South Sudan: U.S. Blames Leaders For Famine
By Oladapo Okeowo with agency report
The U.S. Department of State has blamed the leadership of South Sudan for the famine currently plaguing the conflict-torn country.
The department’s Spokesperson, Mr Mark Toner, in a statement obtained by the Correspondent of the News Agency of Nigeria (NAN), described the famine as “man-made”.
The UN World Food Programme and non-governmental organisations had earlier declared famine in parts of South Sudan.
The organisations have projected a large number of deaths from starvation and malnutrition which would mostly affect the children.
According to Toner, the crisis is man-made and a direct consequence of the unwillingness of the conflicting sides to put aside their political ambitions and differences for the good of the majority.
“We call on President (Salva) Kiir to expeditiously make good on his promise that humanitarian and developmental organisations will have unimpeded access to populations in need across the country.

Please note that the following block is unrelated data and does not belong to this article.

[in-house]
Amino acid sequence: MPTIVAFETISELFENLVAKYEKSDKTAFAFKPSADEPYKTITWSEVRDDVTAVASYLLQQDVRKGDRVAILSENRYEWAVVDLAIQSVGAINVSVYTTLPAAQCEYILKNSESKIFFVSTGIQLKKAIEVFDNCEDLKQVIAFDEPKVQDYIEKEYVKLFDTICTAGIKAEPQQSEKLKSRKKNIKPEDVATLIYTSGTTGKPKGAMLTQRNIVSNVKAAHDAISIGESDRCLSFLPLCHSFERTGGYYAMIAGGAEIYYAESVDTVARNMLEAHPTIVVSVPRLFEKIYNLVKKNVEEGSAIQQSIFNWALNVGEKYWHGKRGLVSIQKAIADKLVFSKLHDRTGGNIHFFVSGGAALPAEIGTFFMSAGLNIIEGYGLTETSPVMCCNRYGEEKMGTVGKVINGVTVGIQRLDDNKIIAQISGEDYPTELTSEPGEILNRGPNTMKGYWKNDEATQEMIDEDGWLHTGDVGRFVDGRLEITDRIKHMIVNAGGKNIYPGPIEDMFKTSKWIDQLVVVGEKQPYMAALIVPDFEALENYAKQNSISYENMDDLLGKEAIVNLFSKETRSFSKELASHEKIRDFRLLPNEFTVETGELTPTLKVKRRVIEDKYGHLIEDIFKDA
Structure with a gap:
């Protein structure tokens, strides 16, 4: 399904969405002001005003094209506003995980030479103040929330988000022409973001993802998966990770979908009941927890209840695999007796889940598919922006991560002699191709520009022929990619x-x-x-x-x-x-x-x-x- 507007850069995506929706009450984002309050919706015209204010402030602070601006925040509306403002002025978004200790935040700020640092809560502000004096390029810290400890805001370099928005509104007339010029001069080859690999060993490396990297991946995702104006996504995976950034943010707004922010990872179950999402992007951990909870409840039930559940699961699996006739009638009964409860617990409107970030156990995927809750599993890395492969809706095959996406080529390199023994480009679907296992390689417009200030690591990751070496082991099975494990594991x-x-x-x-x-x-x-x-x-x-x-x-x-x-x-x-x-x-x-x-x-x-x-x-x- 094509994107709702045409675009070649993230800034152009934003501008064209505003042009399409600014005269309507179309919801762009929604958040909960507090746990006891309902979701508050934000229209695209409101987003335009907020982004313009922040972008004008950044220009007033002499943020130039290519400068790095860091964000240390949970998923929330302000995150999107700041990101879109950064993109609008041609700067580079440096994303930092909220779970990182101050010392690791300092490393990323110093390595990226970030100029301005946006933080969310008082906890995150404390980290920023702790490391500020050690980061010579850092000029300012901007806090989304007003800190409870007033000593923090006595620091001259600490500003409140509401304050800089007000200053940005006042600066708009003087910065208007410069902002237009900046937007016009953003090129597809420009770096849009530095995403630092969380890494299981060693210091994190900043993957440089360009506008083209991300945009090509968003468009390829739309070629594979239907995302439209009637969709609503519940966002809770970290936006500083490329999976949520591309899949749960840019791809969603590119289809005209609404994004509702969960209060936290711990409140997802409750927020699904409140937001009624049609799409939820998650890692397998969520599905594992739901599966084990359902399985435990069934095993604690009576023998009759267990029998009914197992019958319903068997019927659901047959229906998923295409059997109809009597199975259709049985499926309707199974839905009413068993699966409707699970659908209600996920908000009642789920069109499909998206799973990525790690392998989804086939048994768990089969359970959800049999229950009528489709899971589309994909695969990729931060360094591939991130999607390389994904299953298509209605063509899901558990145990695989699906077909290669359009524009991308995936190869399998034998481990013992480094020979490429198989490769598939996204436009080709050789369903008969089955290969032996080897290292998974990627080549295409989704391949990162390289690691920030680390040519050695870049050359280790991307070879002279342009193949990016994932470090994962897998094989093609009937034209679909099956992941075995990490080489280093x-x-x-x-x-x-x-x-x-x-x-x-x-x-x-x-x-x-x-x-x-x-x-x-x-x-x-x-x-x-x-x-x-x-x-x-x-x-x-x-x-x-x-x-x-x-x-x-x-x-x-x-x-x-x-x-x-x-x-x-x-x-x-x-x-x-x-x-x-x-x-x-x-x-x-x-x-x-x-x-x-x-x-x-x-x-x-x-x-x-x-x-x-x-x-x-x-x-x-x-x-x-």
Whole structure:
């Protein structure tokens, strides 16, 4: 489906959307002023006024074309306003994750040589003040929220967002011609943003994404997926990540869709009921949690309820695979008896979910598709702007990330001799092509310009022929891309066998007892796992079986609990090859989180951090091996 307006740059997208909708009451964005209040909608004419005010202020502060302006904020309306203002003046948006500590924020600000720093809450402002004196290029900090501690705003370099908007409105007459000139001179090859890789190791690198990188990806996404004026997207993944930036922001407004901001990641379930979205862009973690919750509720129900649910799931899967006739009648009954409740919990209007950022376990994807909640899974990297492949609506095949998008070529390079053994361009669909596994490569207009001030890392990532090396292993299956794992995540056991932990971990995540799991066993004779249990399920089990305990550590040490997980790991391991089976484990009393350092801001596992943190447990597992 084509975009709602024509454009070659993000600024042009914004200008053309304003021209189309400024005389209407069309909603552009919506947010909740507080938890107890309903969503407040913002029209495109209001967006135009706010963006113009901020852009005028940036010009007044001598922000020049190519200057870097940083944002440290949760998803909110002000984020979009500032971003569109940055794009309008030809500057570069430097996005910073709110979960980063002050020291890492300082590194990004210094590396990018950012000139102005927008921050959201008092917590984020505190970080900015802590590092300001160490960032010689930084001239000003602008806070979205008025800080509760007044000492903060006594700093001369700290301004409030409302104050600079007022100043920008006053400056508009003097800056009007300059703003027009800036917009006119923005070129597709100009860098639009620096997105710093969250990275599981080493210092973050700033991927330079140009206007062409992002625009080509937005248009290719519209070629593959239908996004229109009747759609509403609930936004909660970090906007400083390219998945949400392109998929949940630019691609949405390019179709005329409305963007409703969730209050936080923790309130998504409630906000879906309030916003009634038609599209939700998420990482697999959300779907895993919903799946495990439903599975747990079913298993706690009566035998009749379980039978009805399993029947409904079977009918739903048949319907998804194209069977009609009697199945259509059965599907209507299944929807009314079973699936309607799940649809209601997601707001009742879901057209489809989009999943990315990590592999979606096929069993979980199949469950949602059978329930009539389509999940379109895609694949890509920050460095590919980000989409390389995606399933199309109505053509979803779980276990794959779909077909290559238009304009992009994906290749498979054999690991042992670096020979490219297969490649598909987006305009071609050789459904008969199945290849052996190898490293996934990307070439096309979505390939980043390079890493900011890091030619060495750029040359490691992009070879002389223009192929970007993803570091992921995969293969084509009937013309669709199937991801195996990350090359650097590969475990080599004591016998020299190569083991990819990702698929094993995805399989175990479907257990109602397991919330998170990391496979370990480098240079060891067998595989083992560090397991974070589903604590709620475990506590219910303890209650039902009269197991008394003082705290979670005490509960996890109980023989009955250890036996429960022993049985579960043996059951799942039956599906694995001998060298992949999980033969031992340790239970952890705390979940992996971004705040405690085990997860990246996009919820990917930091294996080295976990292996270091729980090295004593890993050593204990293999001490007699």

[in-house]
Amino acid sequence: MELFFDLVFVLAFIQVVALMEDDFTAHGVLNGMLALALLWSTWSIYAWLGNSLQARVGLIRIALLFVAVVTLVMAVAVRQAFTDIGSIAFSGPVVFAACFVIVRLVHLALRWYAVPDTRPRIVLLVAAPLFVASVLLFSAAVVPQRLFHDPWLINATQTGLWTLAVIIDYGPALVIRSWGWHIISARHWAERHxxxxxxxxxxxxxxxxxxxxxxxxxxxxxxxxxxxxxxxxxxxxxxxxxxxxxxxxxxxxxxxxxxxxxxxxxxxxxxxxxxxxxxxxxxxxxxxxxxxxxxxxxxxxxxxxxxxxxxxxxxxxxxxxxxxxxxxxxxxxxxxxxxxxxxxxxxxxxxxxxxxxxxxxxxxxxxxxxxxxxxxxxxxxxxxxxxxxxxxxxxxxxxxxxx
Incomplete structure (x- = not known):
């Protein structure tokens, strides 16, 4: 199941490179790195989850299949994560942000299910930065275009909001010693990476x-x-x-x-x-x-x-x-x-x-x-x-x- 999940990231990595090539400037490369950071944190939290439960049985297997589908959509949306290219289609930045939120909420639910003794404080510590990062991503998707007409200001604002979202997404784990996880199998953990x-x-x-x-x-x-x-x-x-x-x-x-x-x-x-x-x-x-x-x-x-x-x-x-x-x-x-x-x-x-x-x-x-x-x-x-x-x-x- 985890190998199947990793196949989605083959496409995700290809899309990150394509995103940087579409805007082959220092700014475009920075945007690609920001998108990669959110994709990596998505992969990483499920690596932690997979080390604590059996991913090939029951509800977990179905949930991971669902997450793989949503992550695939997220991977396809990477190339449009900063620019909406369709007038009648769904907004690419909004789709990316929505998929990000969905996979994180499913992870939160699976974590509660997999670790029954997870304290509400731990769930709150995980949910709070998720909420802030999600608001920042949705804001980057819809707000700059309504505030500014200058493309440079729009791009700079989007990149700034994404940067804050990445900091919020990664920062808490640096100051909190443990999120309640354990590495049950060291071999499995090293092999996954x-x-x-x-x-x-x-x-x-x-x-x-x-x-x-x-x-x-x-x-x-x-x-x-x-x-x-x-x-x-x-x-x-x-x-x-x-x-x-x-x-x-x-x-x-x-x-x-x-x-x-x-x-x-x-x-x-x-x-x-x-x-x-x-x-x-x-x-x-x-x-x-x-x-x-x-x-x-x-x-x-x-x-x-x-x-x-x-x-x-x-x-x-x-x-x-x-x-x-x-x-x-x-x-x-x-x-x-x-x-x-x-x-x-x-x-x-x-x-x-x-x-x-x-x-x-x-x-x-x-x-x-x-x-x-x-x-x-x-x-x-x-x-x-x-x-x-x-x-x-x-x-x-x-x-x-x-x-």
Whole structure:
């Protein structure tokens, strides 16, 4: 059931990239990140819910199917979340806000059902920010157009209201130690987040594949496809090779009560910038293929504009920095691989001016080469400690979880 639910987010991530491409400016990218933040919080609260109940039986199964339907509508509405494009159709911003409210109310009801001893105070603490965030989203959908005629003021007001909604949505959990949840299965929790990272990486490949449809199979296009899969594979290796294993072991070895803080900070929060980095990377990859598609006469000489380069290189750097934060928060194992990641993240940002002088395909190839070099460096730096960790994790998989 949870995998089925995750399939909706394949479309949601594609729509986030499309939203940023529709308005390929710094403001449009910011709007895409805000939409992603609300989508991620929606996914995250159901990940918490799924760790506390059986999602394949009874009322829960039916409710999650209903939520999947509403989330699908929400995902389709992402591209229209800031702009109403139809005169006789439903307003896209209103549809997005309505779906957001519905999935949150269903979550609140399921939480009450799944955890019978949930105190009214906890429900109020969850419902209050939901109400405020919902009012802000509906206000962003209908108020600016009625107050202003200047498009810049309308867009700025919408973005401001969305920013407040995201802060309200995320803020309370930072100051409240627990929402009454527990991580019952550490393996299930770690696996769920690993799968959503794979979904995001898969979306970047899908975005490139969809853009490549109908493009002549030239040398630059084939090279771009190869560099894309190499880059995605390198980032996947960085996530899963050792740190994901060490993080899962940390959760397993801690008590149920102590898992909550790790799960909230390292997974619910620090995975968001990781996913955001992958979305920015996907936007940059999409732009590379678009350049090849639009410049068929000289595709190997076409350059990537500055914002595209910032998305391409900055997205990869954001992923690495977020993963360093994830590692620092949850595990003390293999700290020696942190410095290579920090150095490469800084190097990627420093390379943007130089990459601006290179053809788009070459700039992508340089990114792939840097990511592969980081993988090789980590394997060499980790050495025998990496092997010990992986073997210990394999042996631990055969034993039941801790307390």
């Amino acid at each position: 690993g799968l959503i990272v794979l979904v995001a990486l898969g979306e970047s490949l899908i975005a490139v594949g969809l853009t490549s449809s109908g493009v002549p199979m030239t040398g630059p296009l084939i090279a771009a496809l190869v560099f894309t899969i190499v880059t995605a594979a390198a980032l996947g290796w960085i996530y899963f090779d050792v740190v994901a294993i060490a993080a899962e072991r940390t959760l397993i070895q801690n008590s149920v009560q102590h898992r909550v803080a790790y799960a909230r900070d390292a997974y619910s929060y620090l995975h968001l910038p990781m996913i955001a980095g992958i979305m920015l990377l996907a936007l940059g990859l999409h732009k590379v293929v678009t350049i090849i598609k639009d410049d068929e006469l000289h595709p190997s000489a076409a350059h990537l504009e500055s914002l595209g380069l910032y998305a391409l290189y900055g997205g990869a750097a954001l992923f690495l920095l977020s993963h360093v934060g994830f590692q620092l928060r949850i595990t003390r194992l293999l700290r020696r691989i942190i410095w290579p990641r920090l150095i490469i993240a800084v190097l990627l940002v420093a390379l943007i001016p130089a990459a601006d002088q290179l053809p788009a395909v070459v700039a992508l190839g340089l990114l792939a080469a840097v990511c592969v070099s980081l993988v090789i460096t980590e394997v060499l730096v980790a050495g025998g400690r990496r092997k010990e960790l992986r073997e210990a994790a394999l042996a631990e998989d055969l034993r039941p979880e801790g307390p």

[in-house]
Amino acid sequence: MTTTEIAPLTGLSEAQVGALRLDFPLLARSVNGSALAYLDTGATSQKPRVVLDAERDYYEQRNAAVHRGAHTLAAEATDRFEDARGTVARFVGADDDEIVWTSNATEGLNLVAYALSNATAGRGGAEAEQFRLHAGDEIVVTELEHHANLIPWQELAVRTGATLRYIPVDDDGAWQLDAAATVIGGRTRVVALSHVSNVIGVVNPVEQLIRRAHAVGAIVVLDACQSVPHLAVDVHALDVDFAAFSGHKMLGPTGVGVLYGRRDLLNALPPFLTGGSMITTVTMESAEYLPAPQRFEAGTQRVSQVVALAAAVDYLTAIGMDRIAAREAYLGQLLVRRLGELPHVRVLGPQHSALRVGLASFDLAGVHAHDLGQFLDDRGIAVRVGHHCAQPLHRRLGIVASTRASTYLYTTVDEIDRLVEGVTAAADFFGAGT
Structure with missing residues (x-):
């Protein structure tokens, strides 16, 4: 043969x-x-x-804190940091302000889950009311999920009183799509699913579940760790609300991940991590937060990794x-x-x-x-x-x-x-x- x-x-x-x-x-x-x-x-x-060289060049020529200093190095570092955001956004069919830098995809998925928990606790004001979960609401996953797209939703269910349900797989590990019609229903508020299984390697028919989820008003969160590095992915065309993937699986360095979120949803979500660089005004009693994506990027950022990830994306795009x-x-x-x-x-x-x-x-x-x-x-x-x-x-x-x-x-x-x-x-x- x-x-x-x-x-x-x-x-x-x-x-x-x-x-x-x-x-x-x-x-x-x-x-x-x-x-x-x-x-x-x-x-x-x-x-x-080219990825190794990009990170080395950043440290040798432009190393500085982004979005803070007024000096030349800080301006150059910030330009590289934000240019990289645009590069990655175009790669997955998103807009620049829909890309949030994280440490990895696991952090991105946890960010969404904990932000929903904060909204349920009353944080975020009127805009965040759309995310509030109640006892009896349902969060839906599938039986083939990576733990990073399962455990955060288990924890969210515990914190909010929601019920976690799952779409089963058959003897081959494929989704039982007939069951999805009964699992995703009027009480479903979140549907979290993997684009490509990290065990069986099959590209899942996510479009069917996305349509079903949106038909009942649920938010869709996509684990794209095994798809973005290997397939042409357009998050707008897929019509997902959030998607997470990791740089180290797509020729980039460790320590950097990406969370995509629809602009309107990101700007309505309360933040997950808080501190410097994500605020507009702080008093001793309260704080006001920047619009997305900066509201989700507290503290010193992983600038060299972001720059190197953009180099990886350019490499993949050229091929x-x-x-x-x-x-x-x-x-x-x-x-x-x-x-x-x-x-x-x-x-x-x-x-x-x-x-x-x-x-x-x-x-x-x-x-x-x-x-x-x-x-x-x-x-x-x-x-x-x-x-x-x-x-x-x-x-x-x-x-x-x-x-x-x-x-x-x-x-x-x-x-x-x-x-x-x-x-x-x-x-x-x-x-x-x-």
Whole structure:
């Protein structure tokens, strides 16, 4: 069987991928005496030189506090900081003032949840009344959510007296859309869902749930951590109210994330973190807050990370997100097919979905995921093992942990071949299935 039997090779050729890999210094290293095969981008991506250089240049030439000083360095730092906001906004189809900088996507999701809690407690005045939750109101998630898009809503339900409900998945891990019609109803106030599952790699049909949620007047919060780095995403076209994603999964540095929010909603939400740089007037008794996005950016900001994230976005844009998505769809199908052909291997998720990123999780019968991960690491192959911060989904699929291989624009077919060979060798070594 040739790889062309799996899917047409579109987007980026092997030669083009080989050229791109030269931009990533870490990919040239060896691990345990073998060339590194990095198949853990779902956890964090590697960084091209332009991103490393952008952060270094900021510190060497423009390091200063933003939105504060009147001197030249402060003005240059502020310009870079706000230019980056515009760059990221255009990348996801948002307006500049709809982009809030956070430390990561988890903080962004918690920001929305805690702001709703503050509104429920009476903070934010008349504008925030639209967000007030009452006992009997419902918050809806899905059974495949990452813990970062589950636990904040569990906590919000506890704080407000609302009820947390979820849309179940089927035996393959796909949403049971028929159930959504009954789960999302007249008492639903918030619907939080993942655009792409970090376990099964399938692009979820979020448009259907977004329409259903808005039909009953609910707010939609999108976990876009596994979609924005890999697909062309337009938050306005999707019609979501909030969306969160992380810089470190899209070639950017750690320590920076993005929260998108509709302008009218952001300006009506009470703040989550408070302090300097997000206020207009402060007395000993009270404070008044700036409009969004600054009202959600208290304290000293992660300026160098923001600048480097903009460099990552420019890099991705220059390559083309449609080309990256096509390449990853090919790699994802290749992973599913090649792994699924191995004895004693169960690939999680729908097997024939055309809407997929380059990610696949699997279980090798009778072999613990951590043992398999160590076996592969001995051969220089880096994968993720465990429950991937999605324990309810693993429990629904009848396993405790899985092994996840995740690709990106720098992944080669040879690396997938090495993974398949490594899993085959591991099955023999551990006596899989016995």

“An estimated 5.5 million people – nearly half of South Sudan’s population, will face life-threatening hunger this year,” he said.
According to him, humanitarian actors are working tirelessly to reach those in need.
He urged the conflicting parties to enable relief efforts and let food and essential assistance to get to those who have been adversely affected by the long-term war.
He said: “The United States remains the single largest donor of humanitarian assistance to South Sudan, having provided more than 2.1 billion dollars since 2014.
“Our assistance, including more than 600,000 metric tonnes of urgently needed food assistance, has saved lives and helped avert famine for three consecutive years,” he said.
The U.S. called on donors and other members of the international community to provide timely additional humanitarian assistance to save lives and support the people of South Sudan.